I am so glad that we chose to read The Mars Room by Rachel Kushner for our book club monthly read. It is not my usual type of read and it’s nice to go outside the comfort zone once in a while.
I have not read any of Rachel Kushner’s work. She is known for her best selling book The Flamethrowers (2013), which was a finalist in the 2013 National Book Award and a NY Times top 10 books of 2013. Her works also include the short stories in The Strange Case of Rachel K (2015), and Telex From Cuba (2008).
Knowing that Kushner is a good writer made me excited to read a book about prison and the women in them. I did expect it to be a good read even though I didn’t read any reviews before hand.
I am glad that my expectations were met and that the book went beyond my expectations.
I listened to the audio book first, then read the book. I usually like author readings but to be quite honest, I didn’t like this author reading The Mars Room. For some reason, it didn’t work for me. I think it may have been the way the book was structured that didn’t transfer well in the audio book.
In any case, I did enjoy reading the physical book SO much more.
Here’s what I enjoyed about The Mars Room:
The book starts with Romy on a prison bus and the goes back and forth to show how she ended up incarcerated.
The story is about Romy Hall who works in a strip club called The Mars Room. Her problem starts when one of the regulars, Creep Kennedy, starts stalking her.
Romy eventually ends up in a women’s prison for murder.
Rachel Kushner is a phenomenal writer!
I love how perceptive Kushner is. Kushner’s weaves a tragic story of Romy Hall and how she ended up in prison but presents it to us in a real and compelling manner. It’s raw and gritty and you can believe all the events that led up to her imprisonment.
Kushner’s style made me think about choices. The back and forth of the story led me to ask “Are we in control of our destinies, or are we a result of our socio-economic placement?”
Romy’s life from childhood seemed fated. I liked that we start the story off with Romy in prison. The story goes back into her childhood and we get a glimpse of the way she was bought up. At several points in the book I wondered if Romy ever had a chance of not being imprisoned as her trajectory seemed doomed. Prison eventually.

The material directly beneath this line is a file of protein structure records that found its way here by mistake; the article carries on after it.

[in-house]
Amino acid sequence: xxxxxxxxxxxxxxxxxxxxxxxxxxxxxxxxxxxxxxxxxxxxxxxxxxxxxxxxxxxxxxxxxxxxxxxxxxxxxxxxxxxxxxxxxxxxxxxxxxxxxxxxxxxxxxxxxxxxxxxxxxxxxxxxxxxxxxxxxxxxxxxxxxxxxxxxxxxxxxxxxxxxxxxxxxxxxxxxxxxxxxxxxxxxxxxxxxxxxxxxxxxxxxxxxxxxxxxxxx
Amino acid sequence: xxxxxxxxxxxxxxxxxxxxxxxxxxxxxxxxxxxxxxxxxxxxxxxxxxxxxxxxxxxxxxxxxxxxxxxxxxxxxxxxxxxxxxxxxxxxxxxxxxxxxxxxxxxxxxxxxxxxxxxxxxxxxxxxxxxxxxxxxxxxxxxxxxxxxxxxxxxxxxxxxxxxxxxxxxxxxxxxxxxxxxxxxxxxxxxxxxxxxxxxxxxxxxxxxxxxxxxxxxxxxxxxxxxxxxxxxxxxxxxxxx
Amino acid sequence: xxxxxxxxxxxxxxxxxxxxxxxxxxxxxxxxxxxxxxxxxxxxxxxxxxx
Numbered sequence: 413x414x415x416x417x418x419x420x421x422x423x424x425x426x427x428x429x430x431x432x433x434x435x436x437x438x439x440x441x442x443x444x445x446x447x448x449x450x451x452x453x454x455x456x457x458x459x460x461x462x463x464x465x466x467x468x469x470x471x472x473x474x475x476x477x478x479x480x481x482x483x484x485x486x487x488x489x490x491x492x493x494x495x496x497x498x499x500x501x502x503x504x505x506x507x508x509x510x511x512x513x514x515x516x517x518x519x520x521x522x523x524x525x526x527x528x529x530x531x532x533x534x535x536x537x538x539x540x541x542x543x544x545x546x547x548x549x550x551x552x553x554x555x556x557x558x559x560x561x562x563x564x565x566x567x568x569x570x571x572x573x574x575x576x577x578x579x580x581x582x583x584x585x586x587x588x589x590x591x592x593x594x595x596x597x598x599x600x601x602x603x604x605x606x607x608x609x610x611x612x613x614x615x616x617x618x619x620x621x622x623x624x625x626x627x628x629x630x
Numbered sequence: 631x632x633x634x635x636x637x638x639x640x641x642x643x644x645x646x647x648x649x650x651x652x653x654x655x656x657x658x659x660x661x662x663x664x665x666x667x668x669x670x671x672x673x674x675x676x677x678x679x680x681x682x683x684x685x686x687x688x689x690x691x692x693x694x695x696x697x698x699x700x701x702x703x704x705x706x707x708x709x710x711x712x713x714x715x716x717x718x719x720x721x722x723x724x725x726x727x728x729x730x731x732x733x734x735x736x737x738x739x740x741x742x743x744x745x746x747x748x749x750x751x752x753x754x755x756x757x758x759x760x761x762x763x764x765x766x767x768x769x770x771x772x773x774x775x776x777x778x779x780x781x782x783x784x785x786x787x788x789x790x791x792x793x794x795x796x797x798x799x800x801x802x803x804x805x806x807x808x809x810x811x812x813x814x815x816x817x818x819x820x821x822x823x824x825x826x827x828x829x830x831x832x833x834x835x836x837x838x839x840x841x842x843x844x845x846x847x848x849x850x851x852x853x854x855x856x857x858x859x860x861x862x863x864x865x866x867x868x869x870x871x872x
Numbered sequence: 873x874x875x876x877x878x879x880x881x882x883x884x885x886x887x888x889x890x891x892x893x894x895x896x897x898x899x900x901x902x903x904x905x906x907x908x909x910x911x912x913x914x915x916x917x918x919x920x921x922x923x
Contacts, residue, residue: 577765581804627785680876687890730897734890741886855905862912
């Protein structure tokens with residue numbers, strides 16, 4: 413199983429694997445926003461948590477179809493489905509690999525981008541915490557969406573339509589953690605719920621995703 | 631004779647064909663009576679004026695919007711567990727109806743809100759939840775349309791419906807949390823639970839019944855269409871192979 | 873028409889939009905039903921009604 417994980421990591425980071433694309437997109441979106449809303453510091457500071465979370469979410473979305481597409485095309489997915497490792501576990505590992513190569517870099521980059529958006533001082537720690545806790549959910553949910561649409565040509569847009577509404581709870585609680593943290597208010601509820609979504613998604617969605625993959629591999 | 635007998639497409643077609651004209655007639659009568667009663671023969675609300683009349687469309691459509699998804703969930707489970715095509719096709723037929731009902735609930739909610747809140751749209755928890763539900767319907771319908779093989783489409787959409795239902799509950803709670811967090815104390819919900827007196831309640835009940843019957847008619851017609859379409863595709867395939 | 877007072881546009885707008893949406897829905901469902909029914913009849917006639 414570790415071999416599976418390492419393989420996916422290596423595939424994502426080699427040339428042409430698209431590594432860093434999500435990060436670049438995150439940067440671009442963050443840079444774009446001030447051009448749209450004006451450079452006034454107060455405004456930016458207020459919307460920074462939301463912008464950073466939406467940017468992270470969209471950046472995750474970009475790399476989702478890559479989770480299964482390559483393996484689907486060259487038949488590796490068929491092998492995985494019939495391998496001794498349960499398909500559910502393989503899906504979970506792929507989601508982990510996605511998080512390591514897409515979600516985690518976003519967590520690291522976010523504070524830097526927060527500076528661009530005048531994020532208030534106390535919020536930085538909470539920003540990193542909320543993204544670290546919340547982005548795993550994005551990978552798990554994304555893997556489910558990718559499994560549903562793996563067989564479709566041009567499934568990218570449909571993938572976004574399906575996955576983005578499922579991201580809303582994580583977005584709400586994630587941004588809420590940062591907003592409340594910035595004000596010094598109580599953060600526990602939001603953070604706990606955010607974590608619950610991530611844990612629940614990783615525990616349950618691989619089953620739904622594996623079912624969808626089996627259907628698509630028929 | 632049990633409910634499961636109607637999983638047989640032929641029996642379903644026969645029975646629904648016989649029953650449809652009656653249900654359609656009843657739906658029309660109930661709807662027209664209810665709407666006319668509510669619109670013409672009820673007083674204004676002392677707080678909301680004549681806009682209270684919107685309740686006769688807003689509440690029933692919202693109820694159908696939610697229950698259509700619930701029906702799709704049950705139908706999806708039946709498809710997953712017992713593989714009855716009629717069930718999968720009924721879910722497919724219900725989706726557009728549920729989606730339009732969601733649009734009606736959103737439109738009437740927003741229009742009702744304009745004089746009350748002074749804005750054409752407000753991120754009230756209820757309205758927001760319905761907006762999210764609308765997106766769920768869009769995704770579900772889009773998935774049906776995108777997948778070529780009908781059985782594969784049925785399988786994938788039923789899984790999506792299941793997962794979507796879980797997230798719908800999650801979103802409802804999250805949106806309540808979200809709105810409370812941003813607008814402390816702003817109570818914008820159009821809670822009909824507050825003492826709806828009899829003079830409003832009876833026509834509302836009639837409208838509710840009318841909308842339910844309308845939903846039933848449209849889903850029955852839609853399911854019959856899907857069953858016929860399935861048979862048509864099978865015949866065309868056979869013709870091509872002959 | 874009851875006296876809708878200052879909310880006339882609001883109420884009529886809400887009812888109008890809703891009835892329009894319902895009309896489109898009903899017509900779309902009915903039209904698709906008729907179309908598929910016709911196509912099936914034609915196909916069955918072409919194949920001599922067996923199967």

Kushner depicts Romy’s life in a way that we can’t forget. She hits the nail on the head with the tone of the book. It’s sometimes dark, sometimes comical (in a dark way), but overall it’s a punch of reality. There’s no fluff anywhere. It’s concise and there’s enough depictions for the reader to get the idea of her point.
The pace of the book was great. I kept wanting to read the next part of the story and find out what happened next.
Whilst Kushner does a great job bringing all the elements together, I did find that the book was a bit disjointed. I found the flow, especially in the audio book, jagged. It was less pronounced when I read the book the second time.
The Mars Room biggest strength was the cast of interesting characters, which included Doc the dirty cop, Serenity Smith the transgender character, Kurt Kennedy the stalker, Gordon Hauser the GED teacher.
I enjoyed Romy’s story the most, but also loved supporting characters and their backstory. Kushner brought all the characters alive, and they felt so realistic.
Romy was an interesting and complex character. Kushner made Romy so real that she grew on me the more I read. The childhood scenes made me want to protect her. Romy was left to defend for herself – she was out late with her friend Eva when she was 11, going to clubs and doing drugs. She didn’t know better.
What I found amazing about Romy’s character was that through all that she did, I didn’t criticize her for her choices. Usually, I make judgement of the character, but with Romy I could empathize with her and wanted to root for her.
I would have liked more on Romy’s mother. Romy’s mother was briefly mentioned and I would have liked to have her story and their relationship fleshed out. She was looking after Romy’s son Jackson when Romy was incarcerated but we don’t know much about their relationship.
I enjoyed the ending but didn’t like the ambiguity of it. I think the author intended the ending to unclear and for you to decide what you will.
I personally prefer a closed ending where there’s no doubt what happened. It can be frustrating trying to guess what the author intended at the end. Perhaps the author wanted me think about whether I was an optimist or realist?
The Mars Room left me thinking about choices.
My Final Thoughts
The Mars Room by Rachel Kushner is an awesome well written book. It a raw, gritty and a compelling read.
I loved how it left me thinking about the choices we make and its consequences.
I highly recommend this book although it may not suit everyone. There’s strong language and violence.